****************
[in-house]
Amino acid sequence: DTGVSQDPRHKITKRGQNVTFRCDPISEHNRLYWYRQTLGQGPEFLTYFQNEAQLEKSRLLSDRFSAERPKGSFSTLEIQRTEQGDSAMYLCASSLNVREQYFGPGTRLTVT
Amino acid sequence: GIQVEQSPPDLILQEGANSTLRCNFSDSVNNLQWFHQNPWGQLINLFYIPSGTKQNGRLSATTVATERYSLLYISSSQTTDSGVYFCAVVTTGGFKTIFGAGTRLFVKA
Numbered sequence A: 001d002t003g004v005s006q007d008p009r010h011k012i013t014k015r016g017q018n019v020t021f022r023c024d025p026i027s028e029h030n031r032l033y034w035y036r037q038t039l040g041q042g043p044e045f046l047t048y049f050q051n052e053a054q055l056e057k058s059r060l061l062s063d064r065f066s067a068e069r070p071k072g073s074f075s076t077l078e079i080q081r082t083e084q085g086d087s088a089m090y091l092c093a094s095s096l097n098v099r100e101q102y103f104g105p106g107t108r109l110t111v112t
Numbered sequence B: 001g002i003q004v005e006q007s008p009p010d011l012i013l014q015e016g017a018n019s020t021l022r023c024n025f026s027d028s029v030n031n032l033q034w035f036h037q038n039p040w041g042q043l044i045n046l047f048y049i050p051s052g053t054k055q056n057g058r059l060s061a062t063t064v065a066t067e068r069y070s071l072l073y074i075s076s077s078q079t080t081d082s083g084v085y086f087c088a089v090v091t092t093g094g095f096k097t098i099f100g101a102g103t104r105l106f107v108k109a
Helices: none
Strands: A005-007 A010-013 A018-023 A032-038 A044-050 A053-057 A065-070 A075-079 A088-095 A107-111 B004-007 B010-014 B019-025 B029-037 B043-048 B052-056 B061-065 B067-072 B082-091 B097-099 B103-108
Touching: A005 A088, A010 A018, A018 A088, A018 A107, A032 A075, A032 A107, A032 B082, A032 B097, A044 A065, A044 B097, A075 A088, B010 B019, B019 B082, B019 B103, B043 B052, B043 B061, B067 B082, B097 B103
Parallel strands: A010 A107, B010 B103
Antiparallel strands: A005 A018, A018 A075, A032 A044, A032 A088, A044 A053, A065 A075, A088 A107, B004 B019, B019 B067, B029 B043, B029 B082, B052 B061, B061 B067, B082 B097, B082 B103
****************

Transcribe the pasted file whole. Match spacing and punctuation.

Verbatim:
[in-house]
Amino acid sequence: DTGVSQDPRHKITKRGQNVTFRCDPISEHNRLYWYRQTLGQGPEFLTYFQNEAQLEKSRLLSDRFSAERPKGSFSTLEIQRTEQGDSAMYLCASSLNVREQYFGPGTRLTVT
Amino acid sequence: GIQVEQSPPDLILQEGANSTLRCNFSDSVNNLQWFHQNPWGQLINLFYIPSGTKQNGRLSATTVATERYSLLYISSSQTTDSGVYFCAVVTTGGFKTIFGAGTRLFVKA
Numbered sequence A: 001d002t003g004v005s006q007d008p009r010h011k012i013t014k015r016g017q018n019v020t021f022r023c024d025p026i027s028e029h030n031r032l033y034w035y036r037q038t039l040g041q042g043p044e045f046l047t048y049f050q051n052e053a054q055l056e057k058s059r060l061l062s063d064r065f066s067a068e069r070p071k072g073s074f075s076t077l078e079i080q081r082t083e084q085g086d087s088a089m090y091l092c093a094s095s096l097n098v099r100e101q102y103f104g105p106g107t108r109l110t111v112t
Numbered sequence B: 001g002i003q004v005e006q007s008p009p010d011l012i013l014q015e016g017a018n019s020t021l022r023c024n025f026s027d028s029v030n031n032l033q034w035f036h037q038n039p040w041g042q043l044i045n046l047f048y049i050p051s052g053t054k055q056n057g058r059l060s061a062t063t064v065a066t067e068r069y070s071l072l073y074i075s076s077s078q079t080t081d082s083g084v085y086f087c088a089v090v091t092t093g094g095f096k097t098i099f100g101a102g103t104r105l106f107v108k109a
Helices: none
Strands: A005-007 A010-013 A018-023 A032-038 A044-050 A053-057 A065-070 A075-079 A088-095 A107-111 B004-007 B010-014 B019-025 B029-037 B043-048 B052-056 B061-065 B067-072 B082-091 B097-099 B103-108
Touching: A005 A088, A010 A018, A018 A088, A018 A107, A032 A075, A032 A107, A032 B082, A032 B097, A044 A065, A044 B097, A075 A088, B010 B019, B019 B082, B019 B103, B043 B052, B043 B061, B067 B082, B097 B103
Parallel strands: A010 A107, B010 B103
Antiparallel strands: A005 A018, A018 A075, A032 A044, A032 A088, A044 A053, A065 A075, A088 A107, B004 B019, B019 B067, B029 B043, B029 B082, B052 B061, B061 B067, B082 B097, B082 B103